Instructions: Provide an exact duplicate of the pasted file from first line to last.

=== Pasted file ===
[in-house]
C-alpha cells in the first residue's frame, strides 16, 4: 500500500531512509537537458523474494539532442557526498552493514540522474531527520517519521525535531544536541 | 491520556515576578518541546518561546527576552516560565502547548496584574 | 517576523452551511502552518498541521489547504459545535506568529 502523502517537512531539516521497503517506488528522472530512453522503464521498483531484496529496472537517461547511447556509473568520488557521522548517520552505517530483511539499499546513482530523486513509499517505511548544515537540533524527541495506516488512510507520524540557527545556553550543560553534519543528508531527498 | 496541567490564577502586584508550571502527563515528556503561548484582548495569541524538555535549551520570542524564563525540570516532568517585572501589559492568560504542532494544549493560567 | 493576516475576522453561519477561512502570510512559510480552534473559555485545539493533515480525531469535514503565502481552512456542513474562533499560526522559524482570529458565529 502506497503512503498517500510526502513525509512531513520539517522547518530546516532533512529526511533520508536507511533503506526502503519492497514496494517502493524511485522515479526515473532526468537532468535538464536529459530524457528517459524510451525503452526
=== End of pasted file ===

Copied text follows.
[in-house]
C-alpha cells in the first residue's frame, strides 16, 4: 500500500531512509537537458523474494539532442557526498552493514540522474531527520517519521525535531544536541 | 491520556515576578518541546518561546527576552516560565502547548496584574 | 517576523452551511502552518498541521489547504459545535506568529 502523502517537512531539516521497503517506488528522472530512453522503464521498483531484496529496472537517461547511447556509473568520488557521522548517520552505517530483511539499499546513482530523486513509499517505511548544515537540533524527541495506516488512510507520524540557527545556553550543560553534519543528508531527498 | 496541567490564577502586584508550571502527563515528556503561548484582548495569541524538555535549551520570542524564563525540570516532568517585572501589559492568560504542532494544549493560567 | 493576516475576522453561519477561512502570510512559510480552534473559555485545539493533515480525531469535514503565502481552512456542513474562533499560526522559524482570529458565529 502506497503512503498517500510526502513525509512531513520539517522547518530546516532533512529526511533520508536507511533503506526502503519492497514496494517502493524511485522515479526515473532526468537532468535538464536529459530524457528517459524510451525503452526